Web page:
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Powder Play: The Making of ‘Alto’s Adventure’

Behind the scenes of the mobile game that's hit number one in over 20 countries.

It's one of the best-looking games on the App Store right now, and amongst its best sellers. Reaching number one on the UK's paid chart in its first week of release, and the same position in over 20 territories, endless side-scrolling snowboarder Alto's Adventure takes refined gameplay and a great art – evocative of Journey's barren world, but snow-covered and bursting with life to both chase after and flee from – and applies these qualities to a genre more associated with freemium titles, where in-app purchases abound.

But while the likes of Temple Run and Jetpack Joyride encourage the player to speed up their progress by paying for upgrades, Alto's Adventure asks only that you spend £1.49/$1.99, and that's it: no more charges, no further costs to unlock essential perks, nothing that'll have your kids running up a gigantic phone bill to stay competitive with their mates' high scores. You pay your money and you get Alto as your little man on the screen. Reach level 10 and you unlock another character, Maya, with differently balanced abilities – her backflips are completed quicker, but she's slower to build speed. Next up is the heavier, faster Paz, and so on – the point being that you're never invited to pay up front and over the odds for these powder players.

As the first fully realised video game from Canadian developers Snowman – founded in 2012 by keen snowboarders Ryan Cash and Jordan Rosenberg – you could forgive the young studio for following the expected route: to pump their game full of cash-in incentives for quicker levelling and score-bumping runs. But while the option of going freemium was discussed, ultimately it just didn't fit with how Cash and Rosenberg want mobile gaming to grow.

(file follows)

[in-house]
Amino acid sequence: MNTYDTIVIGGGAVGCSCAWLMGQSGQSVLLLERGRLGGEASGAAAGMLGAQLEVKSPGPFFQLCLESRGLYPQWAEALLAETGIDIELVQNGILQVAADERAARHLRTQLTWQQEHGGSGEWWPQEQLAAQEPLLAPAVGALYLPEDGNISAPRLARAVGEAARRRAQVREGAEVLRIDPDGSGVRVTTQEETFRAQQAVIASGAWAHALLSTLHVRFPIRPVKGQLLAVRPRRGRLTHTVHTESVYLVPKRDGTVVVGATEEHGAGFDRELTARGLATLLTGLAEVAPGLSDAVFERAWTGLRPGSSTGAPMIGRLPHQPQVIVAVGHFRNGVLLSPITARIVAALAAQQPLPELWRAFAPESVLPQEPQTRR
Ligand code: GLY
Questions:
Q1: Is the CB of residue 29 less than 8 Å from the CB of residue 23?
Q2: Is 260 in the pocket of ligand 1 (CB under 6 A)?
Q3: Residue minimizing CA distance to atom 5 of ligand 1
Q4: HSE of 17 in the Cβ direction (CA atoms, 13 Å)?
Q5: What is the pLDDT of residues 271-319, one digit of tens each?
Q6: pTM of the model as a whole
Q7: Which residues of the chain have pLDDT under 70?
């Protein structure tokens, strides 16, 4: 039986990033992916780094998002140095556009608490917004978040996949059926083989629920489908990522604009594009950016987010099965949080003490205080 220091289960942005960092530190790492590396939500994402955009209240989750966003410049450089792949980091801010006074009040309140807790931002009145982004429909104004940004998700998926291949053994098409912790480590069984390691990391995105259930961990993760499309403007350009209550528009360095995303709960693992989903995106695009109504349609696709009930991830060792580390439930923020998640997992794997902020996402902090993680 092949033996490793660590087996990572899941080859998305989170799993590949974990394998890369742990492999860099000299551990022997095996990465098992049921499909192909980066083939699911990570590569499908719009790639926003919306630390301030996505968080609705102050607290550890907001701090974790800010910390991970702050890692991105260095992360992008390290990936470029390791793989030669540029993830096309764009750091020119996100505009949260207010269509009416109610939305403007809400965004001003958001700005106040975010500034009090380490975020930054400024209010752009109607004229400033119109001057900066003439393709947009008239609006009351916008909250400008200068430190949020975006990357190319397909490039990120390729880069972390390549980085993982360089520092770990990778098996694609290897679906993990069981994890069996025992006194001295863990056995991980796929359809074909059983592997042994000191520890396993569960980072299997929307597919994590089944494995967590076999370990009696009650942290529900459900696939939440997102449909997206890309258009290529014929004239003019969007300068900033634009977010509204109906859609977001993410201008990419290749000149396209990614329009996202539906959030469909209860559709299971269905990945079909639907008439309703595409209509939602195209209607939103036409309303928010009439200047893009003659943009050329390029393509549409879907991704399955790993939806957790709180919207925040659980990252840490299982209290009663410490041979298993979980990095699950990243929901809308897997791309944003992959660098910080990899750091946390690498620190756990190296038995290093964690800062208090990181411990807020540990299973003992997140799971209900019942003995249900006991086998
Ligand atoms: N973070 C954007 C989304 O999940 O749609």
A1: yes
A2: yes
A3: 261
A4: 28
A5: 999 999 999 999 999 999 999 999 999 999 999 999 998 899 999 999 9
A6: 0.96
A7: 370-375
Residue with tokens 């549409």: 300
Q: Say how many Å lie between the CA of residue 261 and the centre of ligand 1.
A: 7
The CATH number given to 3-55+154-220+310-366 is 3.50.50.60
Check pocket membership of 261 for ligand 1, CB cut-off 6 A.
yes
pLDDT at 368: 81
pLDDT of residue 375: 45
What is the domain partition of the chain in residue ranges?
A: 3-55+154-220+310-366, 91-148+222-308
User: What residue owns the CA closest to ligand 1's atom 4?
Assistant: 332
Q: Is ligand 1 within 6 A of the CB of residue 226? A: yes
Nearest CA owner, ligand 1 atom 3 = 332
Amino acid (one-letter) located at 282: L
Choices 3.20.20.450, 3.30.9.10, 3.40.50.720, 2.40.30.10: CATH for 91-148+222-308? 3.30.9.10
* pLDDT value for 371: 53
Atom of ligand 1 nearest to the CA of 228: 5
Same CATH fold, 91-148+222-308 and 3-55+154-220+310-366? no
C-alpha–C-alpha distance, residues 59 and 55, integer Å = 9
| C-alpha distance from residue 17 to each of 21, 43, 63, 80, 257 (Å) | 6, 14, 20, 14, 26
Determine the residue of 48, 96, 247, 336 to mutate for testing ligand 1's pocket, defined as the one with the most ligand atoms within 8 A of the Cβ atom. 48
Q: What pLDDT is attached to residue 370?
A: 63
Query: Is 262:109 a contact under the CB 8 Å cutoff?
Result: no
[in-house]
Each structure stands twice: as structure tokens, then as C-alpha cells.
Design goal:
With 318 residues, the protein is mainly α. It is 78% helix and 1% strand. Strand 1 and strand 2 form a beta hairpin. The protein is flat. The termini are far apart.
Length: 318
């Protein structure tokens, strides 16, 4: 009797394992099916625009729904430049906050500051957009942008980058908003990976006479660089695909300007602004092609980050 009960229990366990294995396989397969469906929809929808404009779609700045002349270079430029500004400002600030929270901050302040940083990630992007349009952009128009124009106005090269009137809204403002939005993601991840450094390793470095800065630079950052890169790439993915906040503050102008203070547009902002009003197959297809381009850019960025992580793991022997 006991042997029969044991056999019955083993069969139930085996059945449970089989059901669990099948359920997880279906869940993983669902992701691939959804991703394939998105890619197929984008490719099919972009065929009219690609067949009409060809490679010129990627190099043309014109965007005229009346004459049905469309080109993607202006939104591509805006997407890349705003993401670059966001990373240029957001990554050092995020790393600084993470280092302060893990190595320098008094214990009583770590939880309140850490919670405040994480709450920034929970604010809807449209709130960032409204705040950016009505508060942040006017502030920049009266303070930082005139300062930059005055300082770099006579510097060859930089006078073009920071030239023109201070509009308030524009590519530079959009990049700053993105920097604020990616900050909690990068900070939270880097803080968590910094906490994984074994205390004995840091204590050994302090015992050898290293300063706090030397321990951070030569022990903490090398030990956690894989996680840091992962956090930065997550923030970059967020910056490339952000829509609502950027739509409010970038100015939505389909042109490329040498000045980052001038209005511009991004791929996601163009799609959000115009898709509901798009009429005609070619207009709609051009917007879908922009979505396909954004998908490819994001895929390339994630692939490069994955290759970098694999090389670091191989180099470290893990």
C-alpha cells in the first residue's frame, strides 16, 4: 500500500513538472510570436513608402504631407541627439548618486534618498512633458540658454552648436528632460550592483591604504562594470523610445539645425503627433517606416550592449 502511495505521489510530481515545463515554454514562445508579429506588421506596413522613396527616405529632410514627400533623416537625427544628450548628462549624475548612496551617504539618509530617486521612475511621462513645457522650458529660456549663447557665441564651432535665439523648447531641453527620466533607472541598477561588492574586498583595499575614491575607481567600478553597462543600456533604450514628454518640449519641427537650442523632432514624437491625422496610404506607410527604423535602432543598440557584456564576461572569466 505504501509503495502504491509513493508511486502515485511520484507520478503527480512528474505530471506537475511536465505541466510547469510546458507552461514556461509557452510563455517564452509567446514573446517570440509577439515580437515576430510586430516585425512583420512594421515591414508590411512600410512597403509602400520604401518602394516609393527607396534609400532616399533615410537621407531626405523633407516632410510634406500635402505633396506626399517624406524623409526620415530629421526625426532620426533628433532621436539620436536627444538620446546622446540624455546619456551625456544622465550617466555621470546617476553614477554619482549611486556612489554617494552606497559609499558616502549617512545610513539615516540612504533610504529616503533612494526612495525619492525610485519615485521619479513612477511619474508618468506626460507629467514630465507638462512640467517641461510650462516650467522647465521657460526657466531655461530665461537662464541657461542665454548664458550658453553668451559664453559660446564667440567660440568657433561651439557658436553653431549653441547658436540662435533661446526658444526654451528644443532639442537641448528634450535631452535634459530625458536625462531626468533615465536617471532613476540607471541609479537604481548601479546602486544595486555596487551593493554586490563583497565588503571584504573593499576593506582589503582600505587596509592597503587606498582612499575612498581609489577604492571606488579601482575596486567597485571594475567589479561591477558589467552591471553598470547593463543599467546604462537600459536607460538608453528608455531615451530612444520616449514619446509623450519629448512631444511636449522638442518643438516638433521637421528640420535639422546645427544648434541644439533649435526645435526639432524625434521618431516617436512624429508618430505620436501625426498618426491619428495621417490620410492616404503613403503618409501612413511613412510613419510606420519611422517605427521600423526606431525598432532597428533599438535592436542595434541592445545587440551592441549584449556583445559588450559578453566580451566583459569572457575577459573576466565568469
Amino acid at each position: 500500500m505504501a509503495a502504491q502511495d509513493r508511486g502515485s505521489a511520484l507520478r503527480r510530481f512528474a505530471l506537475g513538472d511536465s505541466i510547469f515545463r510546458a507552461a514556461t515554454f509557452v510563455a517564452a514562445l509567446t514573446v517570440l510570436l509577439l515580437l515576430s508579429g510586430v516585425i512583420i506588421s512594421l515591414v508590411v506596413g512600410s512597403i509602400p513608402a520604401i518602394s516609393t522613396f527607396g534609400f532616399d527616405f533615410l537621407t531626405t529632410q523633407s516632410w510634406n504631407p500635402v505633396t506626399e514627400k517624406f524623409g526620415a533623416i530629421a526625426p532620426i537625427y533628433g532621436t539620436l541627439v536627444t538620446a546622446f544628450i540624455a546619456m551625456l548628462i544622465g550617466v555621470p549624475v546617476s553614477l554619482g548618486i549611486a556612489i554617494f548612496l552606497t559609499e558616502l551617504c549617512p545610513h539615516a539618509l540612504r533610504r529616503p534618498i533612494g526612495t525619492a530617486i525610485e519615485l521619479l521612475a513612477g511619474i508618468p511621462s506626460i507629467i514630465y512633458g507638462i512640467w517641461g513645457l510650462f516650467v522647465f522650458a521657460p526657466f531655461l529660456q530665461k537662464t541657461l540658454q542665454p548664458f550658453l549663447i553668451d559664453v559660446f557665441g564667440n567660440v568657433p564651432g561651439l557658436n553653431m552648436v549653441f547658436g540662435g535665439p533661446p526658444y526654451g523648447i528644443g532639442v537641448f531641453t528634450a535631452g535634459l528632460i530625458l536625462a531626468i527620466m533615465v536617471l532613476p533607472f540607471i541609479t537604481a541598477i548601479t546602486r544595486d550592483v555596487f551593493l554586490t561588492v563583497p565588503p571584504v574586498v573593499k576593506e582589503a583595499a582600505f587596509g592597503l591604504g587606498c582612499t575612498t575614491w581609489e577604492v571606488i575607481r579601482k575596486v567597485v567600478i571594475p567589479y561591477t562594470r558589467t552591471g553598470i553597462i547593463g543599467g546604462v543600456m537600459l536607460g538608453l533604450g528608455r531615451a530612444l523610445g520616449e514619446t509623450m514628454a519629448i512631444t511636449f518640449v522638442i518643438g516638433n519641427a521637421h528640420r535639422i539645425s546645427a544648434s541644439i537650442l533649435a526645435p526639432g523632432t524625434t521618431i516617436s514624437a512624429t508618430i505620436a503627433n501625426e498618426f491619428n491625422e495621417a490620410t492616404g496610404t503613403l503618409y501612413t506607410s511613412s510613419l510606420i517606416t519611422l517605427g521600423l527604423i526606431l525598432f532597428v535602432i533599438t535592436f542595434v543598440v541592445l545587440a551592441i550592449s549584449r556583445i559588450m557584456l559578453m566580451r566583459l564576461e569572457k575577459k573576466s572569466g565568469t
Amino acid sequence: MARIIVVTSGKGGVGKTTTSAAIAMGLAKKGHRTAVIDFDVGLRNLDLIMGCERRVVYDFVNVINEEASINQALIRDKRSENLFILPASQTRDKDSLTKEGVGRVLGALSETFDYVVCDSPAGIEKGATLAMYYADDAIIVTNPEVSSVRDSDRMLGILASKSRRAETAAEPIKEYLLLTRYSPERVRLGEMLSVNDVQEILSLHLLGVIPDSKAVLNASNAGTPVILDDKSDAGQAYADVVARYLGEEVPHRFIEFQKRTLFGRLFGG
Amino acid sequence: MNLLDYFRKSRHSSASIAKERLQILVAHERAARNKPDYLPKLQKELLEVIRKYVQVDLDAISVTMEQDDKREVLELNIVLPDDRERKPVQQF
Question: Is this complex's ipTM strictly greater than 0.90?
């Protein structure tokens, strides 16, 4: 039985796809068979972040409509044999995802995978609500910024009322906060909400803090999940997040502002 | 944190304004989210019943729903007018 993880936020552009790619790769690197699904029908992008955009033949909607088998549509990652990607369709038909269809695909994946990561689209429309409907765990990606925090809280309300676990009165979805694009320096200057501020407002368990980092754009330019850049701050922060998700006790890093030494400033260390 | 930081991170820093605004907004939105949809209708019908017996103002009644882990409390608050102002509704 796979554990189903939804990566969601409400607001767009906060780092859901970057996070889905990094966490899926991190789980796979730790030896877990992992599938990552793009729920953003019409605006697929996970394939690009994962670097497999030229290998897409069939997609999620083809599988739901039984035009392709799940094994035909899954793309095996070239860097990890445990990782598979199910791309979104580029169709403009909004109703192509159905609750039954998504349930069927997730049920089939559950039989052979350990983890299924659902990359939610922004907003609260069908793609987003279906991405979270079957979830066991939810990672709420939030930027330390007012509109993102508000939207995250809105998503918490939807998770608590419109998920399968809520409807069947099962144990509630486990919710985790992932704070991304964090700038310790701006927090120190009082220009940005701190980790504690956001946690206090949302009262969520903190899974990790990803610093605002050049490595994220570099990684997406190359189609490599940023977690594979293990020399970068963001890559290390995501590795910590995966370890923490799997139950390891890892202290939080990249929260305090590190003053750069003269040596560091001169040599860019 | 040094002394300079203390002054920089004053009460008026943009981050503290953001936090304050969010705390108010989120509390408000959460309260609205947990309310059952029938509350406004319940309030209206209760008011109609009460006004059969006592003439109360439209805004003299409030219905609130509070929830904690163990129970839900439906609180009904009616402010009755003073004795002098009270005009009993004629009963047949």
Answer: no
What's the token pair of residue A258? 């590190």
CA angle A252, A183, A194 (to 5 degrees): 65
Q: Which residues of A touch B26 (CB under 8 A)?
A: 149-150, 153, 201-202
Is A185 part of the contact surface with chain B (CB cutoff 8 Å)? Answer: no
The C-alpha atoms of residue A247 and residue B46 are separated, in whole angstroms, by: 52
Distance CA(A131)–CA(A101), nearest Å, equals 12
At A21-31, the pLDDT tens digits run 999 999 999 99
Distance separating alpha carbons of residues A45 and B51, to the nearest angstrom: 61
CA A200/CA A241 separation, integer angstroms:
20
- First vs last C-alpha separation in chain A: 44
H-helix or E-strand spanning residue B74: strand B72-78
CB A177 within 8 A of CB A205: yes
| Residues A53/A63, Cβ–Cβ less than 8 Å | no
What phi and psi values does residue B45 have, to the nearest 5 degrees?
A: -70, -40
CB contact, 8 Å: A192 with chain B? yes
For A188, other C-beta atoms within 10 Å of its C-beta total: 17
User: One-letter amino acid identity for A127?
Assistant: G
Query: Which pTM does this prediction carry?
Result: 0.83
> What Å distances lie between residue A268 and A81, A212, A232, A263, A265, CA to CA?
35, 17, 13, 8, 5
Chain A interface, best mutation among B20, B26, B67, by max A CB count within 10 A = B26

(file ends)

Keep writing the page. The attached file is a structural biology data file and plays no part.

"We did see that freemium games were making good money, and knew that our game could be adapted for that market pretty easily," says Cash. "But it never felt right. If we'd gone freemium, and it'd been a huge success, sure, I'd have reaped the financial rewards, but it wouldn't have sat quite right with me. I wouldn't want that type of game myself. Threes and Monument Valley did well last year, and when that happened we really realised that you could make money from premium indie games. Those games gave us the confidence to stick with our gut instincts."

What the team wanted, and what they had, were two very different things until late in the development of Alto's Adventure. An original release date of September 2013 was missed by several months, but with good reason: all involved were desperate for the game to be perfect, to represent precisely what they envisioned. And with new ideas regularly entering the gestation process, the game's ever-changing form ensured the creative process lasted just as long as it needed to.

"The game changed a lot over the two years we were building it," says Cash. "But at the same time, it never really took a dramatic turn. It was always planned to be what it is today, but it took a long time to get there, and we did constantly get new ideas as we were making it. For the first year we didn't have any active weather, but luckily we were able to incorporate that. Back then there was no grinding, no wing suit (unlocked with in-game coins – you can't buy it with real money), no weather, no elders (which chase you when you pass them, and will knock you off your board if they catch up) – it was very basic. It worked as a game, but we took the time to add all these new ideas, and to tweak the whole thing. We really obsessed over every little last detail."